The Journal’s Heard on the Street column has a valuable look at The New York Times Company’s financial straits today.
The NYT signed a sale-leaseback deal on its new headquarters building. A sale-leaseback is a real estate transaction where an owner-occupier sells its building to an investor who rents it back to the firm for a set term, usually fifteen to thirty years. Its a common way of transferring real-estate risk off a balance sheet or of just cashing in on a non-core asset.
The latter is what the Times is doing here, and it’s doing it because it has two bond issues maturing in the next year or so that it was unlikely to have the cash for.
The Journal’s interesting take is to look at the transaction as a loan and to compare the cost of financing to what it’s replacing:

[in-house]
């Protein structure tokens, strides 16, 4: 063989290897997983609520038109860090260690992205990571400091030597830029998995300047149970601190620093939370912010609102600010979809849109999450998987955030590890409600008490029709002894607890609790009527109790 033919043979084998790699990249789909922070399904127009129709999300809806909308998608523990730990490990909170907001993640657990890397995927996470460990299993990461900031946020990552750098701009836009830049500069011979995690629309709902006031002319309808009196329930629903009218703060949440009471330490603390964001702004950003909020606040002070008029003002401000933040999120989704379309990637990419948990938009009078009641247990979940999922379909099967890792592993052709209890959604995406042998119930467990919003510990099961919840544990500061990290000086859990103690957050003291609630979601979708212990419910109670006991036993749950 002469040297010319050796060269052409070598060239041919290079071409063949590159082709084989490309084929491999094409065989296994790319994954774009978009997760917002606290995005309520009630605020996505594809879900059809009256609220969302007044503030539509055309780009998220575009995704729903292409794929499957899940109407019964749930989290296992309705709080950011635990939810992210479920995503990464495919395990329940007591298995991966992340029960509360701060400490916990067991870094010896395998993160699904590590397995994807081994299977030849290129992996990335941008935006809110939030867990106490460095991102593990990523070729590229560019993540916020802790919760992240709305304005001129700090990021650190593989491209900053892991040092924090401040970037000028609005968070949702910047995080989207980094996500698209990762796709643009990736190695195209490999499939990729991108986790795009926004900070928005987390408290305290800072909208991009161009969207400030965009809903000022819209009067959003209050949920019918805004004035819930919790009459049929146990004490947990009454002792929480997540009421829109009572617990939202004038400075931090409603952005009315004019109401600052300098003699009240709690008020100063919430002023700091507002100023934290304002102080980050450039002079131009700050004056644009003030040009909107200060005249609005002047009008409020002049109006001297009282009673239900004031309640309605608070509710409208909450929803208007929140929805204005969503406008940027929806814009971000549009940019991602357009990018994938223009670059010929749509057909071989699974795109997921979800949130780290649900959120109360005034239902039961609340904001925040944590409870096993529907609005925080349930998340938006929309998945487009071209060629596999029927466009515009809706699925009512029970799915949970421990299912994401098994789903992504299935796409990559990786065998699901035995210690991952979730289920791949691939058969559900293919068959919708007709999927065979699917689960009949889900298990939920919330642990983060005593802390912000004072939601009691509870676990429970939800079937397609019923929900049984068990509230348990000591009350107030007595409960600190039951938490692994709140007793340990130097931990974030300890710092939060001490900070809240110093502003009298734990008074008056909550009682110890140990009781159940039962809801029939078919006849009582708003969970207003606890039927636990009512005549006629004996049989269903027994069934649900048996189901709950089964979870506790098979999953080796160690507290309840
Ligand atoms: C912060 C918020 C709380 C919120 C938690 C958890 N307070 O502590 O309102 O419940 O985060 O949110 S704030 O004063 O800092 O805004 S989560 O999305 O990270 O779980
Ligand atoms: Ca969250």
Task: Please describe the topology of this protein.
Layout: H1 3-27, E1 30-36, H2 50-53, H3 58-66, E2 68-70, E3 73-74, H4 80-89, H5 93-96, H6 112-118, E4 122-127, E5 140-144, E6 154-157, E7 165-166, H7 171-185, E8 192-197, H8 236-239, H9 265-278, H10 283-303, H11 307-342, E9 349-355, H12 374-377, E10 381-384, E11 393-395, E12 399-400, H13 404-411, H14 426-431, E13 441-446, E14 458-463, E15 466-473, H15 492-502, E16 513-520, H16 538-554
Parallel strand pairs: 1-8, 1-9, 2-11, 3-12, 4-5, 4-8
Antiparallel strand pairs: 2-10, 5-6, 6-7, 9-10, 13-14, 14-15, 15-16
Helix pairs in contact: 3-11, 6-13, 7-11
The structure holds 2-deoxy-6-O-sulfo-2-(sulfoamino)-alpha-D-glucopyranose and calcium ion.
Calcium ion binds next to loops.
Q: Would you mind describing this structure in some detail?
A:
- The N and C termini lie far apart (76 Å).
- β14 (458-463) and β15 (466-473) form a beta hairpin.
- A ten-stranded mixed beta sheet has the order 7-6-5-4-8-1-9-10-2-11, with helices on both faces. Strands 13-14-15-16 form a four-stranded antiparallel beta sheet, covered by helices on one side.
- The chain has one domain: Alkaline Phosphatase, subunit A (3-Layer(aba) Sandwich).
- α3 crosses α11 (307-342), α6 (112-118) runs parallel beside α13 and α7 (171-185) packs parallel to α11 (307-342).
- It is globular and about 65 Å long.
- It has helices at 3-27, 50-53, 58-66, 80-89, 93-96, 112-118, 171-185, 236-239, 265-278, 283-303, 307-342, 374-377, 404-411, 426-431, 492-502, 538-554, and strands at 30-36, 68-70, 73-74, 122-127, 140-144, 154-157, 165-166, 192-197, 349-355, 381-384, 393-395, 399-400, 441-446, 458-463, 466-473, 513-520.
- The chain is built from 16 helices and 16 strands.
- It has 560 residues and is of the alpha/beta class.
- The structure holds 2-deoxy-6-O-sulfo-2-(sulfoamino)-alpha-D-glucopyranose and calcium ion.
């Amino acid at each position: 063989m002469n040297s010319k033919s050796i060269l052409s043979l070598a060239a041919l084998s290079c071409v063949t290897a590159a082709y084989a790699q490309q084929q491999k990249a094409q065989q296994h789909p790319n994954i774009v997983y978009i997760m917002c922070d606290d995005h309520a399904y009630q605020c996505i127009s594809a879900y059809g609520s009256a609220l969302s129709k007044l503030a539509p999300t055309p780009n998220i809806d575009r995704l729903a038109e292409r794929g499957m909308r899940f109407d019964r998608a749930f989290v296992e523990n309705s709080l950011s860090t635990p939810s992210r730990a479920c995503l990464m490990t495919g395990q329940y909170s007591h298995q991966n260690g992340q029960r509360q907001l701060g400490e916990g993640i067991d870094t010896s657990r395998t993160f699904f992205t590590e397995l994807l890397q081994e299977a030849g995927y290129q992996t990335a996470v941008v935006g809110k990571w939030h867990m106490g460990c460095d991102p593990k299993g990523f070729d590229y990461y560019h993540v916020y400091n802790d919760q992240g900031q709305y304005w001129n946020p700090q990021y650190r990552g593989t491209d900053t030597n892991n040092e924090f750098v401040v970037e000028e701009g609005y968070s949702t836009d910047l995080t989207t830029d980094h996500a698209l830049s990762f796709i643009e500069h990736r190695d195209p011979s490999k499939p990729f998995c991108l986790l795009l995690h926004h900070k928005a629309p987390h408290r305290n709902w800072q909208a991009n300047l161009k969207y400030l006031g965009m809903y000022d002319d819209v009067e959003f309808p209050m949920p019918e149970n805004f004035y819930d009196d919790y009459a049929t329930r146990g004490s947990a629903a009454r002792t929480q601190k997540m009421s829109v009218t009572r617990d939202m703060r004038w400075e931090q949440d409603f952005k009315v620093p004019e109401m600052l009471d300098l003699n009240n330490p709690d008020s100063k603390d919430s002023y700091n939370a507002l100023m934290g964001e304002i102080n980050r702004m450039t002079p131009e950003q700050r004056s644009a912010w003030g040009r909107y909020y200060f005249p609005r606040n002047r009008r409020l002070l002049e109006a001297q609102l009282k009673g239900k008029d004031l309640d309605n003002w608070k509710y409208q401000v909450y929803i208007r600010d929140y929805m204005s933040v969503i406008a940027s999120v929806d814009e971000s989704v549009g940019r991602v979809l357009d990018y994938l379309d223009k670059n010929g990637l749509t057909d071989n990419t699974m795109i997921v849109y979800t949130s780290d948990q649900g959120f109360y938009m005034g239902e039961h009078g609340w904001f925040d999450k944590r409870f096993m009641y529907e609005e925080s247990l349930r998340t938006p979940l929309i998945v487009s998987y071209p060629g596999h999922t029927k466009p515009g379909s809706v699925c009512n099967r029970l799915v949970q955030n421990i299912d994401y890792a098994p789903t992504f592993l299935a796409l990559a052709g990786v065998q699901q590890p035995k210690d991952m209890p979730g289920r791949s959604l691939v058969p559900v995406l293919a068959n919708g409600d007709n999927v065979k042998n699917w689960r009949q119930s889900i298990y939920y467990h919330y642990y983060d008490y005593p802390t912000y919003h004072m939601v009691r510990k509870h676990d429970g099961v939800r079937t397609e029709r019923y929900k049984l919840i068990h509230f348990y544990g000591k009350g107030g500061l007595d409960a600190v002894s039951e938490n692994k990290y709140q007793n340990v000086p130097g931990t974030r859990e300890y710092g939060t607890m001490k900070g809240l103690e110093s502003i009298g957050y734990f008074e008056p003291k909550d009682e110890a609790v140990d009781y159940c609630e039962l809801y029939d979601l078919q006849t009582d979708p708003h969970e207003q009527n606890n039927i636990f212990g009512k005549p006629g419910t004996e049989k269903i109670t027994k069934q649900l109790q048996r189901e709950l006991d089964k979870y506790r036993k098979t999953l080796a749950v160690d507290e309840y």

Under the deal, the publisher pays $24 million in rent for year one. That’s the equivalent of an interest cost of 10.7%…
The Times plans to use the money to immediately pay off $250 million in bonds not due until next year, replacing debt costing 4.5% with financing costing more than twice that.
Basically, this is the Times buying a few years of time in hopes that it will survive what looks to be a depression for the economy and an apocalypse for newspapers.
The Journal says that’s why the company ended its dividend. The $35 million in new annual costs added by its new rent payment and its usurious loan from a Mexican oligarch neatly line up with the $35 million it’s saving from the dividend elimination.
In other words, the Times is taking that dividend money and betting on its future—something it should have done years ago.